You’re probably wondering if there’s a method that responds to changes that occur between the touchesBegan and touchesEnded events, something that lets you track the movements of the user’s finger as it moves on the screen. There is, and it’s called touchesMoved. It takes the same arguments as touchesBegan and touchesEnded, which means that it should respond to the code that we put into those two methods. Copy and paste the code from either touchesBegan and touchesEnded and paste it into touchesMoved. Your code should look like the following:

import SpriteKit

class GameScene: SKScene {
  
  let spaceshipSprite = SKSpriteNode(imageNamed: "Spaceship")
  

  override func didMoveToView(view: SKView) {
    spaceshipSprite.position = CGPoint(x: frame.width / 2,
                                       y: frame.height / 2)
    spaceshipSprite.setScale(0.33)
    addChild(spaceshipSprite)
  }
  
  override func touchesBegan(touches: Set<UITouch>, withEvent event: UIEvent?) {
    let touch = touches.first!
    spaceshipSprite.position = touch.locationInNode(self)
  }
  
  override func touchesMoved(touches: Set<UITouch>, withEvent event: UIEvent?) {
    let touch = touches.first!
    spaceshipSprite.position = touch.locationInNode(self)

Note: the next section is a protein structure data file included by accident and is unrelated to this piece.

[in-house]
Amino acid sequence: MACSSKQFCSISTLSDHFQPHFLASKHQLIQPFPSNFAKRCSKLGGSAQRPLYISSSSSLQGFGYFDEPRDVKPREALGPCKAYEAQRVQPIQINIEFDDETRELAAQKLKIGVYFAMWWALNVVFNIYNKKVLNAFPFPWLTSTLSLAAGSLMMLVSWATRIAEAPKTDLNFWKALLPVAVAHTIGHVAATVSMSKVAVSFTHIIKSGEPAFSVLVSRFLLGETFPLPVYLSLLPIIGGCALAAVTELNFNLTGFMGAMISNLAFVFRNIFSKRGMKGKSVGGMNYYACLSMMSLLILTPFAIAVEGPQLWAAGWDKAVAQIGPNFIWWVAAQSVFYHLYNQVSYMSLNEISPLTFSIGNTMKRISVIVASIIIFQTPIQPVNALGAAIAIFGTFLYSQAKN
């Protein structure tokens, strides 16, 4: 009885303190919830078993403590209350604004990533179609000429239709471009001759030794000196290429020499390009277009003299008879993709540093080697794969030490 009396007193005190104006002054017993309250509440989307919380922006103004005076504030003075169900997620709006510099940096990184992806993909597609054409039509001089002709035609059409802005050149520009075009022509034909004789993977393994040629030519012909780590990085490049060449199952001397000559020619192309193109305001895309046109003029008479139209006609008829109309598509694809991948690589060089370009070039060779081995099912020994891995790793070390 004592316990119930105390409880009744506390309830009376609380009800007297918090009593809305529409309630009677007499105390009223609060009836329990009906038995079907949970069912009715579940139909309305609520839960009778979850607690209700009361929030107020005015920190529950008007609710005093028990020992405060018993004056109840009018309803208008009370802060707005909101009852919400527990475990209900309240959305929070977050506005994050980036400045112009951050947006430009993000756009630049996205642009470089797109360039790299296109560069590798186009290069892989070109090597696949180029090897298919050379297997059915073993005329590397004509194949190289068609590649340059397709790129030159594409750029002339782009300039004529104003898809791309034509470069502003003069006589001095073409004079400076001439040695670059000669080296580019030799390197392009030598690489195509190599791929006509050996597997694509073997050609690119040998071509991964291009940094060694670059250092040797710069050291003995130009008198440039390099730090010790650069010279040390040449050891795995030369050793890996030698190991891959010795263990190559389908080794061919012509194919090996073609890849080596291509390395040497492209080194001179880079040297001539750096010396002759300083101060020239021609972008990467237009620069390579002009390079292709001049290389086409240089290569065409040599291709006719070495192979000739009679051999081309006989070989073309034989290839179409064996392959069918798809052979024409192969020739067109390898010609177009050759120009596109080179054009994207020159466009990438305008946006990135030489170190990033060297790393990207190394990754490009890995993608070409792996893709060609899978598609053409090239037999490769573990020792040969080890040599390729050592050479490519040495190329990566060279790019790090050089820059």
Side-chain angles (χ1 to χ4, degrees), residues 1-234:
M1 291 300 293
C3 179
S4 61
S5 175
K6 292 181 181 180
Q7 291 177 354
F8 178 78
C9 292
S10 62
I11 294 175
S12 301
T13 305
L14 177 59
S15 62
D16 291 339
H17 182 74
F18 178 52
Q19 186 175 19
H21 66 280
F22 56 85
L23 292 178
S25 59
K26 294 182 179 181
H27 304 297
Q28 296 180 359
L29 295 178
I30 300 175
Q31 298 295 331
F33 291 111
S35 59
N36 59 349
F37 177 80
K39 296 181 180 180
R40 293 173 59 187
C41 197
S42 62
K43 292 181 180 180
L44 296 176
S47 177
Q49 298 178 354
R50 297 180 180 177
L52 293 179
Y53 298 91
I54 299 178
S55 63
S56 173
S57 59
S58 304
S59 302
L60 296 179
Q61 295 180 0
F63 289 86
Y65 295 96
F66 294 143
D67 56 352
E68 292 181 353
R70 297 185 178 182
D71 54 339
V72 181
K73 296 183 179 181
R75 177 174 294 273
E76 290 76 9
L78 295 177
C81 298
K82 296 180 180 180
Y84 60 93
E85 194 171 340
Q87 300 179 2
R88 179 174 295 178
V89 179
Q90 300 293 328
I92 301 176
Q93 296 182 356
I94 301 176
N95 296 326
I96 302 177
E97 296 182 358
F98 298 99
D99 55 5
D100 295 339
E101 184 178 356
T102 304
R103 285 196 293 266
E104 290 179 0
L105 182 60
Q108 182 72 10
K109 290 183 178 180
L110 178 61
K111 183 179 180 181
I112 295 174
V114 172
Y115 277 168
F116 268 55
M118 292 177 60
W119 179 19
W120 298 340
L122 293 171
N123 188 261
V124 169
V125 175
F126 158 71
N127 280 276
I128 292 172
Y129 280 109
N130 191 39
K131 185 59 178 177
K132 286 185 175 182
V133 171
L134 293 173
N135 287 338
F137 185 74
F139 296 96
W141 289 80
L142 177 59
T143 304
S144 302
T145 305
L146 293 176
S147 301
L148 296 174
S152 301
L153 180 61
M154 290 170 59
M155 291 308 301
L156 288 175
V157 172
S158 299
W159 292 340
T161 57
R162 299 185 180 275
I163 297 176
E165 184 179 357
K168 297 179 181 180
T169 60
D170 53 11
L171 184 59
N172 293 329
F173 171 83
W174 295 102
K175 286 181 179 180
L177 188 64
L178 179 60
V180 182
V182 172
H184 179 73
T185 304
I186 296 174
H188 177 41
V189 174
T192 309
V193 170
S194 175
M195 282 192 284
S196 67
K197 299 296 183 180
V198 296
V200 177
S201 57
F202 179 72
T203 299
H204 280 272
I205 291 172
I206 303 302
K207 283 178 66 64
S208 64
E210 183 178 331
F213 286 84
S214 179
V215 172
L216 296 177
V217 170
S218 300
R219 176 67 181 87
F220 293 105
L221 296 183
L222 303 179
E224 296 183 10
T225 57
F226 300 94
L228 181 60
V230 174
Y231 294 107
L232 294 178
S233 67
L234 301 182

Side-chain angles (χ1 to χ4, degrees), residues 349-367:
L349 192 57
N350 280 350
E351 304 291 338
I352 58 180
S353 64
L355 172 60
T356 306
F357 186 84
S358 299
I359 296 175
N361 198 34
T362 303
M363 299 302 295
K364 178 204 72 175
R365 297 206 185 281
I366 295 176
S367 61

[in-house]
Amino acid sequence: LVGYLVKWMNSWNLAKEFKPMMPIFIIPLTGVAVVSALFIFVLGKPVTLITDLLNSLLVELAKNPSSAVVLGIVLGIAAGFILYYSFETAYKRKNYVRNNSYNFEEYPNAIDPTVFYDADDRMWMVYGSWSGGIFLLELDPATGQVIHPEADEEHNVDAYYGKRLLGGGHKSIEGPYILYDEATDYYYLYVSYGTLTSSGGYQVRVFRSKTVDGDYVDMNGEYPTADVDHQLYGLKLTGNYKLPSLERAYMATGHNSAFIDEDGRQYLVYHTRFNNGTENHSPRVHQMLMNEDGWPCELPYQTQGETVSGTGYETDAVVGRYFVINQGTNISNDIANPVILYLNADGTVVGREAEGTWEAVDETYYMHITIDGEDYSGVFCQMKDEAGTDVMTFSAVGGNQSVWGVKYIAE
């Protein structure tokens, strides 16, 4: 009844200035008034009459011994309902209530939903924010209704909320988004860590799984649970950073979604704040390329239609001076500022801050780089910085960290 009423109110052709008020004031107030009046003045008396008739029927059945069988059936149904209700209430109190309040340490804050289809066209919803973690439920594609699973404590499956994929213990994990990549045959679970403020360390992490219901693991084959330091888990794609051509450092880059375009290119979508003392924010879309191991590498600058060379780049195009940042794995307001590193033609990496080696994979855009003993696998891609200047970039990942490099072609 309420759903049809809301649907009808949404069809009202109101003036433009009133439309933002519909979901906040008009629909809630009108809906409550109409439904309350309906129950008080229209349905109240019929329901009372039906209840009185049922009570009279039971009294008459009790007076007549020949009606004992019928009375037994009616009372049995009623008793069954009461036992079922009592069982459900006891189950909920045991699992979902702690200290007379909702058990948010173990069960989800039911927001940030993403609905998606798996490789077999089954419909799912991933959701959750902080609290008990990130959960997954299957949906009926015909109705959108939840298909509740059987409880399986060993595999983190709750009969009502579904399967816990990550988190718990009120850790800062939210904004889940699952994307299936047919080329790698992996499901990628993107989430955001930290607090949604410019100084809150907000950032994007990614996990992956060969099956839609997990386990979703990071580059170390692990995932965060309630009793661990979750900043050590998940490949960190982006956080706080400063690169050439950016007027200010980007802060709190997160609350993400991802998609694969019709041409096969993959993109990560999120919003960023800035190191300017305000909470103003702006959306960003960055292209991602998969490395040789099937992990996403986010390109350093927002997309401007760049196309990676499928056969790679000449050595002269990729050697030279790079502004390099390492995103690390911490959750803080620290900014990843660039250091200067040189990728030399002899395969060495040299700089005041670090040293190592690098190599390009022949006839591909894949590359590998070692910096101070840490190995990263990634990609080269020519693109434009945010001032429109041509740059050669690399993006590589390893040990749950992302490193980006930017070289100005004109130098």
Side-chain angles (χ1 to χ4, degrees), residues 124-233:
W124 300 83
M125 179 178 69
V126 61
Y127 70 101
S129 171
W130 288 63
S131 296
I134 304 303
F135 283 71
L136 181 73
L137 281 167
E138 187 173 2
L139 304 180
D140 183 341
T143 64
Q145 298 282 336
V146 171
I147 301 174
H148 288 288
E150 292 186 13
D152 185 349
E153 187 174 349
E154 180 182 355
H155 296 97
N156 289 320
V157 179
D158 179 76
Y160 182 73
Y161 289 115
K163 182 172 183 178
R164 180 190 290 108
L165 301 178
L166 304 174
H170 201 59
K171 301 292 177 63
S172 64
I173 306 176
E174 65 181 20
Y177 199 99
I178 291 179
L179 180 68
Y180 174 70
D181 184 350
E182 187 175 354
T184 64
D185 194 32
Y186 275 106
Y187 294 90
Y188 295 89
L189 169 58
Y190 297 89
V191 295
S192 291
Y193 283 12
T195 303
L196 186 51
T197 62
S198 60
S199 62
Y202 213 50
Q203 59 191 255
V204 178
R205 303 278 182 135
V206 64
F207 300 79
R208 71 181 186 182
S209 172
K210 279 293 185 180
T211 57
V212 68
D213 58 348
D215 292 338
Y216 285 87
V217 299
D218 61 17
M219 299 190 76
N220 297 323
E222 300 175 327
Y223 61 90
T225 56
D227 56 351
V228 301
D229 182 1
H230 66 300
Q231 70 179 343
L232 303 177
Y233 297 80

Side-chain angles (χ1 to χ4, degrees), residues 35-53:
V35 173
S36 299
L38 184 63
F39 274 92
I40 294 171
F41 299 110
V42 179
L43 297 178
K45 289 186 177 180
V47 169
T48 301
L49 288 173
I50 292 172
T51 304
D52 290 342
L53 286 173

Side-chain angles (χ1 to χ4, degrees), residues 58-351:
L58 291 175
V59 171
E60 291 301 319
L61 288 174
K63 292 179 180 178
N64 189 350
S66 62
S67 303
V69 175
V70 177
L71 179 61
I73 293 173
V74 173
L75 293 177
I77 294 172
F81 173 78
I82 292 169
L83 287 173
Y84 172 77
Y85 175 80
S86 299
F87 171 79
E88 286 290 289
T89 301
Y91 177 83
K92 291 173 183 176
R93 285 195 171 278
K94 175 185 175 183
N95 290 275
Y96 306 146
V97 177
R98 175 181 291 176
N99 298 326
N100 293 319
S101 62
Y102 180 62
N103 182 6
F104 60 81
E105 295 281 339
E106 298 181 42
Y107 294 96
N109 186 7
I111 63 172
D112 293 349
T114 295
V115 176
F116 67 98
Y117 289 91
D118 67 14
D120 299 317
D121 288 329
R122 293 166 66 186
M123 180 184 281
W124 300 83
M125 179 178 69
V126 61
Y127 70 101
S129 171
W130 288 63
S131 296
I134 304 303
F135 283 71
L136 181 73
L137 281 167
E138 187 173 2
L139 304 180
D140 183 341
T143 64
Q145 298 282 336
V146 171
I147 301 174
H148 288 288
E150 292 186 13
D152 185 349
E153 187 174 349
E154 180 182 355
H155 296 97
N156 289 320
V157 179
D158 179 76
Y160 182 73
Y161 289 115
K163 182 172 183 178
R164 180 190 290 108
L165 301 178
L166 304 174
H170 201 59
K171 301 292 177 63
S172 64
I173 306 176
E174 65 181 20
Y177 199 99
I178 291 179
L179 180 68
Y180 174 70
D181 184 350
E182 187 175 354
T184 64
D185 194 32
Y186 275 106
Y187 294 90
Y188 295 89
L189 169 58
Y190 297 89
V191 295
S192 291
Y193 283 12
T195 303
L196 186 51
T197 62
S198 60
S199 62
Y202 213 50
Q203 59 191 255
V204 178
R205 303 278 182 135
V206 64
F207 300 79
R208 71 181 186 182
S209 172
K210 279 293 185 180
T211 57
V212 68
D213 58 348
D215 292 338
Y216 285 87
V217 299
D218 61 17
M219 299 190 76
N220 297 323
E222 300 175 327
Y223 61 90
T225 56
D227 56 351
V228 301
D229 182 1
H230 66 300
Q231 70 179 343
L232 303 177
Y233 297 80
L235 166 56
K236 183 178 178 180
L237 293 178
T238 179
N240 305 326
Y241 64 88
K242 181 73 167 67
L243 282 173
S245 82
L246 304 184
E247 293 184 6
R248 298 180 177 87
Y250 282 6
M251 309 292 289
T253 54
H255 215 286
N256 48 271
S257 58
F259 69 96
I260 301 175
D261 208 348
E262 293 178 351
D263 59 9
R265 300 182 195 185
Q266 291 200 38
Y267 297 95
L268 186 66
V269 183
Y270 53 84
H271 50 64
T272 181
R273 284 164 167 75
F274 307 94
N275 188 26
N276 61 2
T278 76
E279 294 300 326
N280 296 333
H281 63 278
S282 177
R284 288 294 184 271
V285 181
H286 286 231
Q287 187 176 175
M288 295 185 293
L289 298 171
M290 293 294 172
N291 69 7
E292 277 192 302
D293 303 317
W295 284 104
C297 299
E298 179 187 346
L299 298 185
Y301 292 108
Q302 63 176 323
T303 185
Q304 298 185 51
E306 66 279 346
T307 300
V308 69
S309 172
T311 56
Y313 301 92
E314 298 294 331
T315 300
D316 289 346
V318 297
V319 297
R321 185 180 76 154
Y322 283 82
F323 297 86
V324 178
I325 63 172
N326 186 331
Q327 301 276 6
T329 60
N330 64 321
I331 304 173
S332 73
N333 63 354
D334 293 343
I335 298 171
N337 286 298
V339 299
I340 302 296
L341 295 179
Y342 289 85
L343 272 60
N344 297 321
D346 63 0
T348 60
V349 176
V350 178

}
  
  override func touchesEnded(touches: Set<UITouch>, withEvent event: UIEvent?) {
    let touch = touches.first!
    spaceshipSprite.position = touch.locationInNode(self)
  }
 
}

Run the app. It should look like this:

You’ll find that the spaceship jumps to the location where you touched the screen and as long as you keep your finger on the screen, you can drag it around. When you release your finger from the screen, the ship stays at the location where you released your finger.

Let’s refactor the duplicate code in touchesBegan, touchesMoved, and touchesEnded into its own method, handleTouch. The code will now look like this:

import SpriteKit

class GameScene: SKScene {
  
  let spaceshipSprite = SKSpriteNode(imageNamed: "Spaceship")
  

  override func didMoveToView(view: SKView) {
    spaceshipSprite.position = CGPoint(x: frame.width / 2,
                                       y: frame.height / 2)
    spaceshipSprite.setScale(0.33)
    addChild(spaceshipSprite)
  }
  
  override func touchesBegan(touches: Set<UITouch>, withEvent event: UIEvent?) {
    handleTouch(touches.first!)
  }
  
  override func touchesMoved(touches: Set<UITouch>, withEvent event: UIEvent?) {
    handleTouch(touches.first!)
  }
  
  override func touchesEnded(touches: Set<UITouch>, withEvent event: UIEvent?) {
    handleTouch(touches.first!)
  }

  func handleTouch(touch: UITouch) {